From having a glycemic meal, our athlete ends up with less energy for his race than if he did not eat at all. If you ever want to be flat for a race, just have your blood sugar below fasting level. Maybe, with training we will one day be able to teach our body feed forward regulation: putting in certain amounts of energy at set times to maintain optimal energy levels for performance. (More on this technique in a later article.)

For now, let’s rely on the efficient release of fats, and for that, we must keep insulin at bay. I know, I’ve kept this article at a very basic level just to convey a general understanding. There is also insulin resistance, syndrome x, and metabolic profiles, but that takes us to another level of understanding and is not needed for this article.

What about our friends, struggling to lose 5, 10, or 100 lbs? In this example, let’s set the stage with a low fat diet and high intensity workouts. For some reason, the body is not responding to this with weight loss. Why? A low fat diet sounds like a high carbohydrate diet. Again, insulin could be the problem. Yes, in the end, calories burned greater than calories consumed will lead to weight loss— even on a cupcake diet. But here, we are concerned with health, fitness and the efficient burning of fat. For this, insulin must be controlled.

“If it’s not green, it’s mean plus protein.” What does this catchy little saying mean? When talking about fat burning and weight loss in general, I usually compare fat burning to burning a big log in a fireplace. Put the log in the fireplace and prepare your mind for seeing a thinner you. Remember, what the mind perceives, the body achieves.

Instead of laying the log on the floor, put it on a rack. Quality proteins and good fats will help support your burning process. On the rack, air flows around the log better, for a more efficient burn. That’s it! Get up and get out; fresh air is waiting for you. While you’re outside, add some movement. Mr. Muscle needs to be fed. Want to ignite the log? Get some fire fluid to start the process. The fire fluid of the human body is water. The body burns its fire in water, which is called hydrolysis. Hydration, hydration, hydration! How much? Hydrate until your urine is clear and plentiful, and we’ll take it from there.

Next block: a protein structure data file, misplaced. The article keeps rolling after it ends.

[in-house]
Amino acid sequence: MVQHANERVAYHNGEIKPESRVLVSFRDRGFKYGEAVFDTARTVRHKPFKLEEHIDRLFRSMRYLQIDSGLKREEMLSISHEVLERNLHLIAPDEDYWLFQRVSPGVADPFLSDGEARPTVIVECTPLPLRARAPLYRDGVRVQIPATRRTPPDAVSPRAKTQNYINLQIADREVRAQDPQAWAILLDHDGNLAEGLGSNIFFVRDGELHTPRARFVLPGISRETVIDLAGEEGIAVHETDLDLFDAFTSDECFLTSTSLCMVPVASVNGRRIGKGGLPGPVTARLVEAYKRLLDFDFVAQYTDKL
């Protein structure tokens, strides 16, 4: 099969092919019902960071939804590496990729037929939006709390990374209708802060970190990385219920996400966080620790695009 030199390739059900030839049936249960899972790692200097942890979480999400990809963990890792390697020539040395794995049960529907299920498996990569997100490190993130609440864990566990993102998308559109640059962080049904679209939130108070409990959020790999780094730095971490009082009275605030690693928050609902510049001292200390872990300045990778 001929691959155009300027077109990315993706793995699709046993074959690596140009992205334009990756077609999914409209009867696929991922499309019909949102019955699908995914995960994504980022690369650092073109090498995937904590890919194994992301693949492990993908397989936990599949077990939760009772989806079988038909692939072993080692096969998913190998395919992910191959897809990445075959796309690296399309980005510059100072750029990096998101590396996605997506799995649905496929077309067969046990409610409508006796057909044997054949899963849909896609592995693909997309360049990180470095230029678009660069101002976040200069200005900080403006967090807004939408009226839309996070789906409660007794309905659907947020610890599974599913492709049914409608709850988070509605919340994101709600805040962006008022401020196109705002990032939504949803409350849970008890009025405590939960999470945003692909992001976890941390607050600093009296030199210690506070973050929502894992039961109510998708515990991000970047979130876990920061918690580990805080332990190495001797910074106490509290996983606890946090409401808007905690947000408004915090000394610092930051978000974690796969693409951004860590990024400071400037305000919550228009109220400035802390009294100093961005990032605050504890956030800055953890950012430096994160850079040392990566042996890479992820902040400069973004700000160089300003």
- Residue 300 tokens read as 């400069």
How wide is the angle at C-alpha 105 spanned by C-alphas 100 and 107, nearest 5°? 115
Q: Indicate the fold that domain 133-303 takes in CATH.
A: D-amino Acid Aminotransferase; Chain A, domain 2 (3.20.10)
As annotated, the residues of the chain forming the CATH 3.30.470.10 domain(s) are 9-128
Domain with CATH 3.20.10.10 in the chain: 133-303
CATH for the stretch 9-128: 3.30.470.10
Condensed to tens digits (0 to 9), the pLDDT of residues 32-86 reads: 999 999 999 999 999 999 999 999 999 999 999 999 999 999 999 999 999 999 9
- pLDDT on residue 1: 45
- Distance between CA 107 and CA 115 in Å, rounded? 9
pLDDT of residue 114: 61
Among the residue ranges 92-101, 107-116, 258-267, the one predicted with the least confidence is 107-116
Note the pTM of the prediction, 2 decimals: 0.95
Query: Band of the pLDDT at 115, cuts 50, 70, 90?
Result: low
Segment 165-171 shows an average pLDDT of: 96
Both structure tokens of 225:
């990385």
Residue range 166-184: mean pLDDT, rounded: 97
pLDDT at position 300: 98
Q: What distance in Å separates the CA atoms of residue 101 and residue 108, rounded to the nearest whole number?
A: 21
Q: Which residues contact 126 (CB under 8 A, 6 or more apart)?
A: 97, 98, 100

Put some twigs, brush, and kindling wood under the big log to get it really burning efficiently. How much kindling wood? The more the merrier, so you end up with pure ash instead of big black pieces of charred wood. The kindling for the human body is low glycemic vegetables. Yes, you can be on a high carbohydrate diet, but it must be low glycemic. How much? The more, the merrier. The word ‘unlimited’ is used; thus, the saying “if it’s not green, it’s mean.”

What happens if the fire gets too hot? Pour some water on the log. If you start losing weight too fast, or reach your goal, increase your glycemic carbohydrates. Want to put the fire out alltogether? Smother it with sugar. But, why would you ever want that?

Let’s recap:
Want to burn fat efficiently—
1) remove the obvious sweets, cake, pies, cookies, candy, soda, etc.
2) add fresh air with some exercise for Mr. Muscle
3) consume quality proteins and the necessary good fats
4) hydrate—you know how much
5) enjoy unlimited amounts of low glycemic vegetables (salad, string beans, broccoli, cabbages, etc....bring it on!)

Follow the above guidelines and ‘learn to burn’

I juice and I am proud.

*Before undertaking any training or weight loss regimen, it is always best to check with your doctor first.